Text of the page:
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I have a method written like this...

public void getRequest(String Url) {

runOnUiThread(new Runnable() {
    public void run() {
        // TODO Auto-generated method stub

        HttpClient client = new DefaultHttpClient();
        HttpGet request = new HttpGet(url);
        try {
            HttpResponse response = client.execute(request);
            Toast.makeText(MenuUtama.this, request(response) ,Toast.LENGTH_SHORT).show();

        } catch (Exception ex) {
            ex.printStackTrace();
        }

    }
});
}

I need to be able to access the local variable request in another method, so that I can call request.response. How am I able to access this local method from a totally different method?

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How is request(response) a variable ?? –  Anuj Balan Mar 29 '12 at 5:06
    
request(response) in your snip-it is not a variable. What is it that you are trying to achieve as various options exist but could have problems with thread-safety or the like. –  radimpe Mar 29 '12 at 5:08
    
As aij and radimpe pointed out, request(response) is not a variable. Anyways if you want to refer a variable from other methods then you make that variable as an instance variable, like declare it in the class outside any block. –  prajeesh kumar Mar 29 '12 at 5:11
    
On a separate issue, why are you running this code in the Android UI thread? This will make your app unresponsive until the HTTP command has finished executing. You should be running this on a totally separate Thread. –  WATTO Studios Mar 29 '12 at 12:50

4 Answers 4

Increase the scope of variables of response and and request,I mean declare these variable at class level not in method level.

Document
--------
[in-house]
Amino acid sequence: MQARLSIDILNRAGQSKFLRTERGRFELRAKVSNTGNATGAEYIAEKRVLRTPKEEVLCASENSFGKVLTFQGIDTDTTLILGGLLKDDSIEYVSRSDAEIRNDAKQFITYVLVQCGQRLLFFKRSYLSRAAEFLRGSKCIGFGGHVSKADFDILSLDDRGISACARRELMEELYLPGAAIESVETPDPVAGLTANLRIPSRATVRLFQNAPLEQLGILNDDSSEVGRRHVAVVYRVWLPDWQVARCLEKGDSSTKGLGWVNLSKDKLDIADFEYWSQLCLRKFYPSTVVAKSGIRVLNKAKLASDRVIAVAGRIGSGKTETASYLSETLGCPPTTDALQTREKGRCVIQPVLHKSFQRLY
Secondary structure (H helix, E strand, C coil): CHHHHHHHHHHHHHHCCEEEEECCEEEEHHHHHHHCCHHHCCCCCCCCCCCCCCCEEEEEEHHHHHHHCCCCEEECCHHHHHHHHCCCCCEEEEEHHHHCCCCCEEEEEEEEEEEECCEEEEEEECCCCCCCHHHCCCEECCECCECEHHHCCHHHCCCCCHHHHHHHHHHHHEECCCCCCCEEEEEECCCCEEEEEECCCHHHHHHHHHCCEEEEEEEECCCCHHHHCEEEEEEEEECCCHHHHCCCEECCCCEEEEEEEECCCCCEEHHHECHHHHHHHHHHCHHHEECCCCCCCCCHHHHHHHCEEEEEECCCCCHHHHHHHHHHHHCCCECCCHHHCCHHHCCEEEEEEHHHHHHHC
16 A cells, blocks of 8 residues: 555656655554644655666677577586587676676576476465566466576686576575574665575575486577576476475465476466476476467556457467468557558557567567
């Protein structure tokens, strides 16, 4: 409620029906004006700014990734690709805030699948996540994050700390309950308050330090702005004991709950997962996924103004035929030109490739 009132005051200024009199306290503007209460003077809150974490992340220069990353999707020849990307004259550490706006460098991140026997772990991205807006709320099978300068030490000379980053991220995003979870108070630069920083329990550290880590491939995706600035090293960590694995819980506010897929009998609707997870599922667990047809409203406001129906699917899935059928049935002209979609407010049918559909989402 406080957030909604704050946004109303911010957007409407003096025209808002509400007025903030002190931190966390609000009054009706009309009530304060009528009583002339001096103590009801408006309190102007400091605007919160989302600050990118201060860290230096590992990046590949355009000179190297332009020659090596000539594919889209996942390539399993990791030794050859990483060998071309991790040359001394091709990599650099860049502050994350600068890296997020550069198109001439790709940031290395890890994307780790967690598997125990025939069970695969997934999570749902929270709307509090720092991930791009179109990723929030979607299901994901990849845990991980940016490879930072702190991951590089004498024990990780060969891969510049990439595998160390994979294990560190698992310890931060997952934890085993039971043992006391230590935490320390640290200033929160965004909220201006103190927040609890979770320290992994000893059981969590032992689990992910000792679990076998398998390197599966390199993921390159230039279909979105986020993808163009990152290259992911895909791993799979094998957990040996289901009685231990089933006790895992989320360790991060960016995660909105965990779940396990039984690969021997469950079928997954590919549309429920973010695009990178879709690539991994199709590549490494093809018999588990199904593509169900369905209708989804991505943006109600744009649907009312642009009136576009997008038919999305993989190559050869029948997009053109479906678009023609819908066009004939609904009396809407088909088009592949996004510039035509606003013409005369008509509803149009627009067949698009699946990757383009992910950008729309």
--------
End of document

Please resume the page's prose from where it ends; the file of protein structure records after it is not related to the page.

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1  
The code snip-it suggests that the OP wants to run this in a multi-threaded environment. Wouldn't saving something like a request into a class variable cause problems? –  radimpe Mar 29 '12 at 5:25

You cannot call any variable declare as a local variable inside any function. you can do that in a way as follows

public class A{
    HttpGet request;
        HttpResponse response;
    void methodA(){
          request = //........
           response = //...........
    }
    void methodB{
        //here you can refer to request and response as they are the instance variables of the class.
    }
}

If you want to access those from outside the class, then you have to create an object of class A and then call as follows

A a = new A();
//now you can call a.request or a.response

But remember the variables access specifiers should allow you to do this.

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I think what you're looking for is something along these lines:

protected Object myRequest;

public void getRequest(String Url) {
    runOnUiThread(new Runnable() {
        public void run() {
            HttpClient client = new DefaultHttpClient();
            HttpGet request = new HttpGet(url);
            try {
                HttpResponse response = client.execute(request);
                myRequest = request(response);
                Toast.makeText(MenuUtama.this, myRequest, Toast.LENGTH_SHORT).show();
            } catch (Exception ex) {
                ex.printStackTrace();
            }
        }
    });
}

Obviously change Object to whatever class request(response) works out to be, rename myRequest, and preferrably use accessors on a private instance variable rather than making it protected and assigning directly, but you get the point, hopefully, that you need an instance variable to hold the value of your method call request(response).

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you should declare your response variable in a class-level scope. here's your code.

public class YourClass{

    //Declare your request varible in a class-level scope
    //so it can be accessed by any method
    HttpGet request;


    public void getRequest(String Url) {

        runOnUiThread(new Runnable() {
            public void run() {
                 // TODO Auto-generated method stub

                HttpClient client = new DefaultHttpClient();
                HttpGet request = new HttpGet(url);
                try {
                    response = client.execute(request);
                    Toast.makeText(MenuUtama.this, request(response) ,Toast.LENGTH_SHORT).show();

                } catch (Exception ex) {
                ex.printStackTrace();
                }

            }
        });
    }

    public void otherMthod(){
        System.out.println(request); //request variable is accessible in this scope.
    }
}
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